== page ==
“Minimal bisa mereduksi atau mengurangi sampah 20-30 persen atau 150-225 ton perharinya, sebab ada 750 ton sampah yang masuk tiap harinya di Tempat Pembuangan Akhir di Tamangapa Antang,” ujarnya saat meresmikan bank sampah pusat di Jalan Toddopuli, Senin (6/7/2015).

Selain itu, salah satu kota yang menjadi pioner dalam program bank sampah skala nasional adalah Makassar dan sudah dijadikan sebagagi kota percontohan .

“Untuk saat ini bank sampah kota makassar mencapai 110 tersebar di beberapa kecamatan. Kita yang terbanyak di Indonesia. Target tahun depan bisa mencapai 333 bank sampah. Saya instruksikan minimal ada tiga bank sampah dibentuk per satu kelurahan,” paparnya dihadapan sejumlah SKPD, lurah dan camat, Direktur Yayasan Peduli negeri dan para direktur bank sampah di tiap kecamatan.

Dia mengaku dirinya juga diundang Kementerian Koordinator Perekonomian untuk memeparkan solusi mengatasi sampah yang sudah menjadi persoalan klasik di Makassar yang dinilai memberikan edukasi, sebab saat ini sampah sudah menjadi nilai ekonomis untuk memenuhi kebutuhan dasar masyarakat.

“Saya dipanggil Kemenko Perekonomian untuk memaparkan program ini, karena kita dianggap pioner dari total 400 bank sampah di Indonesia. Selain itu kita juga ditunjuk tuan umah dalam forum masalah persampahan,” ujar Pomanto.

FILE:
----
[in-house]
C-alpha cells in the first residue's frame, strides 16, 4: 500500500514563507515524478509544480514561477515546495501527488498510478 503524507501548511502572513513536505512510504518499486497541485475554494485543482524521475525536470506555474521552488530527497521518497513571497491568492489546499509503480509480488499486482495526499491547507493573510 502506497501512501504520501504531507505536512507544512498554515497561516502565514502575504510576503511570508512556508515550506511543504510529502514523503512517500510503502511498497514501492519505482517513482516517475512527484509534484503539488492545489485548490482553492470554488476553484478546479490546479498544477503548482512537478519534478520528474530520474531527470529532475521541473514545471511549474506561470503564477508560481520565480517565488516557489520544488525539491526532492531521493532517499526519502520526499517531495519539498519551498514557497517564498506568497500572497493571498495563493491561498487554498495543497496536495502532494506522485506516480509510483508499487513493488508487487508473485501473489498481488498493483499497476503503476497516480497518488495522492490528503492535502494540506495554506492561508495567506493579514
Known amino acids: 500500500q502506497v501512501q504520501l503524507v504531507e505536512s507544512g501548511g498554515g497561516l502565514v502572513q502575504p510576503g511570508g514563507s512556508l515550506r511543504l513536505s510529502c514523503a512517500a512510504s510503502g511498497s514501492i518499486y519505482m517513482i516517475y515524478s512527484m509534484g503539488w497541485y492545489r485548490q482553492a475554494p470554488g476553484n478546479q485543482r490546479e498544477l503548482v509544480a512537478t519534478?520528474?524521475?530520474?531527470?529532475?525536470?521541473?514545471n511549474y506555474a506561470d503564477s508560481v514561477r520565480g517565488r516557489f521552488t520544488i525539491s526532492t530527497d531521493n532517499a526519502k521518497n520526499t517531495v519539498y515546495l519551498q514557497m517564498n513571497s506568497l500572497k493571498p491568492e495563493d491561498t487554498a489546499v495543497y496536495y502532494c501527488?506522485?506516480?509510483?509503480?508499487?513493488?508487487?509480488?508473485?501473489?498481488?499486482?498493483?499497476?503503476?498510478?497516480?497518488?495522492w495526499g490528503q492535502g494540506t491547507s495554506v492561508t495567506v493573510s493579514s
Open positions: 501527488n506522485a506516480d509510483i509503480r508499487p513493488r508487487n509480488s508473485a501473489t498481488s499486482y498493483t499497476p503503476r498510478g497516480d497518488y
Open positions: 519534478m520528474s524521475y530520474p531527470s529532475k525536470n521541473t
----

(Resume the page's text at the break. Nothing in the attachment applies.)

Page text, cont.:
Selain meresmikan program bank sampah, pihaknya juga memberikan bantuan dua mobil sampah ‘Tangkasa Rong’ atau Tabungan Bank Sampah Anak Lorong termasuk dua mobil operasional ke UPTD pengelolaan daur ulang sampah pusat di Toddopuli yang merupakan bantuan CSR.

Bahkan Pomanto mendaftar sebagai nasabah pertama bank sampah diikuti seluruh SKPD, bahkan perwakilan wartawan salah satu media di Makassar ikut mendaftar menjadi nasabah guna mendukung program tersebut.

“Ke depan saya berfikir kita dapat membuat pabrik plastik dan komposer disini membuta pupuk kompos dan semacamnya untuk dijadikan industri, biayanya tidak terlalu mahal. Program ini juga mendukung MTR, dengan muara industri persampahan yang difasilitasi pemerintah,” tambahnya.

Sementara Kepala Dinas Kebersihan dan Pertamanan Kota Makassar Azis Hasan menyebutkan volume sampah yang dibuang di TPA Tamangapa, antang antara 600-750 ton per hari.

Dengan memanfaatkan UPTD bank sampah imi maka mengurangi volume sampah yang terbuang dan bisa menjadi nilai ekonomis bagi warga. Ke depan bukan hanya ditukar beras tapi produk rumah tangga lainnya.

“Kami optimis ini program akan berjalan dengan maksimal. Sehingga sampah tidak lagi dibuang, tapi masyarakat akan memanfaatkan untuk ditukar,” katanya.